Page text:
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Spencer Rendahl: New Face

Sadly, my mother-in-law’s health has declined and she isn't aware of much these days. But recently, while going through boxes stored in our attic, I came across a photo of her taken in the late 1950s. Her smile was radiant and her eyes were bright. I showed it to my husband. “Wow,” he said. “That must have been taken before her nose job.”

Now, I didn’t know that my mother-in-law had changed her face nearly a half century ago. She came of age just about the dawn of second-wave feminism, a movement where women declared that choices about their bodies – and lives – belonged to themselves, not society. If my mother-in-law wanted to reshape her face, she could, and apparently she did. But while I celebrate her availability of choices, I also find it sad that my husband never got to see the face his mother was born with.
 
Enter the controversy over Oscar award-winning actress Renee Zellweger, who a few weeks ago showed up on a red carpet looking beautiful, but radically different than the Renee Zellweger everyone remembered.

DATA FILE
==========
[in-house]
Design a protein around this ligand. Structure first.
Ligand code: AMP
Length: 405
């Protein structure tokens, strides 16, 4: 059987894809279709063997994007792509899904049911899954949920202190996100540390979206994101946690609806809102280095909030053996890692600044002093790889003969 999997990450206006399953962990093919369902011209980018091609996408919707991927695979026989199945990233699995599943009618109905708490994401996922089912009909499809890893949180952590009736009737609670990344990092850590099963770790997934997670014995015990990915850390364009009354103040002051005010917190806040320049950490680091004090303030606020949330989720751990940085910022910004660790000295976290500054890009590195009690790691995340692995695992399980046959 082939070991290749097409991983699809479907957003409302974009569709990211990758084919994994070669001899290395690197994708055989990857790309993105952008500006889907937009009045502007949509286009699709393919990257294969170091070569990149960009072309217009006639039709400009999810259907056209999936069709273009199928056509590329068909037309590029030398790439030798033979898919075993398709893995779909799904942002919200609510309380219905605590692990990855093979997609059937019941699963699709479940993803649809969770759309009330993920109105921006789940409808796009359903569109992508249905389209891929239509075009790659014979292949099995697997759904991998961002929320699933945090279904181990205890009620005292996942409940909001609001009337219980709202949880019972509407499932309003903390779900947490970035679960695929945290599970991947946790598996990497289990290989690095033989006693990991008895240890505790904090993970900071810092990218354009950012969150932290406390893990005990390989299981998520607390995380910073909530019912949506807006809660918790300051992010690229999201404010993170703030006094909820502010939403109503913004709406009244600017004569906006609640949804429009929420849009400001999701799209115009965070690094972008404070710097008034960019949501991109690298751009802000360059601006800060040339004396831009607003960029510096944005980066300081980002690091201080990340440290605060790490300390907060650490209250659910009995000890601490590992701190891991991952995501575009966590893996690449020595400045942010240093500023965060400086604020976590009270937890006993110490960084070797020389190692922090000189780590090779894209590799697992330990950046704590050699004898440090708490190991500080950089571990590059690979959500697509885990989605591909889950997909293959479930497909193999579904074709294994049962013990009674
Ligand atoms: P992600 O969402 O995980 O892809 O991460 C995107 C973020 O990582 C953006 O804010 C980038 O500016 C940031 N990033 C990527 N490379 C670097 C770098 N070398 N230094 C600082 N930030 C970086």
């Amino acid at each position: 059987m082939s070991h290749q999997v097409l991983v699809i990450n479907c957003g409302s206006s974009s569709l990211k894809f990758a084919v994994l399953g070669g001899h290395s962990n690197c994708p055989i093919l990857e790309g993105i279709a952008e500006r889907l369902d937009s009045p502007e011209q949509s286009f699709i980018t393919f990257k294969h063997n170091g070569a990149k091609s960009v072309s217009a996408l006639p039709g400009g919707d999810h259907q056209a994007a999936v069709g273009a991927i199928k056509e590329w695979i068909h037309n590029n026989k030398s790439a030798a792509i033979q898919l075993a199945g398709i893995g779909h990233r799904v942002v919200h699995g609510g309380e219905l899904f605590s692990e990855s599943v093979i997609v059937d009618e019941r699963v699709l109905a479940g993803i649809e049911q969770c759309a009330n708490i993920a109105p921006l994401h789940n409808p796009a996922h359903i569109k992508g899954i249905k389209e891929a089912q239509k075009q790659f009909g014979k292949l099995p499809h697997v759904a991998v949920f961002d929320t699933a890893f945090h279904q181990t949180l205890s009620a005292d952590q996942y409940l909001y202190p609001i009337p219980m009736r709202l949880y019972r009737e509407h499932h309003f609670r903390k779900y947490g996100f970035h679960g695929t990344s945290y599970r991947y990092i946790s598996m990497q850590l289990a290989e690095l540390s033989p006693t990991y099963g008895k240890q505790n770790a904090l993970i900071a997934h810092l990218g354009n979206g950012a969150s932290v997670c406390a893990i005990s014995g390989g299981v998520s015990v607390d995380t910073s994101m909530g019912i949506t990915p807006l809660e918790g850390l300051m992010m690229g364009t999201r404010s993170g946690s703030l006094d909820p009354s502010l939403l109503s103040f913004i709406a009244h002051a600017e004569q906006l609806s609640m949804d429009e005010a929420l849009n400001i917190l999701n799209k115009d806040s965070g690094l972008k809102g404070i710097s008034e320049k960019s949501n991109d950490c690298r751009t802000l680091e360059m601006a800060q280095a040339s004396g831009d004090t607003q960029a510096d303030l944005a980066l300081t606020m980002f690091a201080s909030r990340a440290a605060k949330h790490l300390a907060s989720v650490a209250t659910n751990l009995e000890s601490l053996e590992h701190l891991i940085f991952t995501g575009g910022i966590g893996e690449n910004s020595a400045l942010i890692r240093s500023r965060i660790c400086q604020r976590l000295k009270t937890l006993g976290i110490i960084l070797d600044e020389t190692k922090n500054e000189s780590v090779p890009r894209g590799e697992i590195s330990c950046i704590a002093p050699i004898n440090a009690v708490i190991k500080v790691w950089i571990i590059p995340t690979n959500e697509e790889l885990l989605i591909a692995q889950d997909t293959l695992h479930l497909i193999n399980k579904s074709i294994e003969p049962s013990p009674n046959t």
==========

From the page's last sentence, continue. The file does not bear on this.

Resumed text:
Zellweger denied having plastic surgery. Nonetheless, her apparent transformation became the talk of the internet. Even The New York Times weighed in.
 
Zellweger of course works in Hollywood, which places a premium on youth and good looks.
 
I take Zellweger’s apparent transformation especially to heart, though, because she’s 45 and I’m 44, leaving me to wonder if I may be just one year away from needing radical reconstruction.

A long time ago, I contemplated the same choice as my mother-in-law, because I have my own mother’s pronounced nose. After suffering years of teasing while growing up, I had actually considered surgery.
 
But I concluded that altering my face would make me look less like my mother and children and change part of who I am. Fortunately I live far from Hollywood and as my own wear and tear from aging creates deeper etchings in my face, my own mother is my positive beauty role model. When I look at her - now in her mid-60s - I see lines of joy, concern, generosity, and love. And I see our matching noses as just one more thing that bonds us.
 
A couple years ago I attended my 20th college reunion where I spotted one of my freshman roommates. Back then I thought she was only superficially attractive. Now she’d clearly aged, but to me she looked grounded and made far more beautiful by the strains and joys of raising her four children.
 
And the first words she said to me in two decades were “You look exactly like your Mom.” It was one of the greatest compliments she could ever have given me.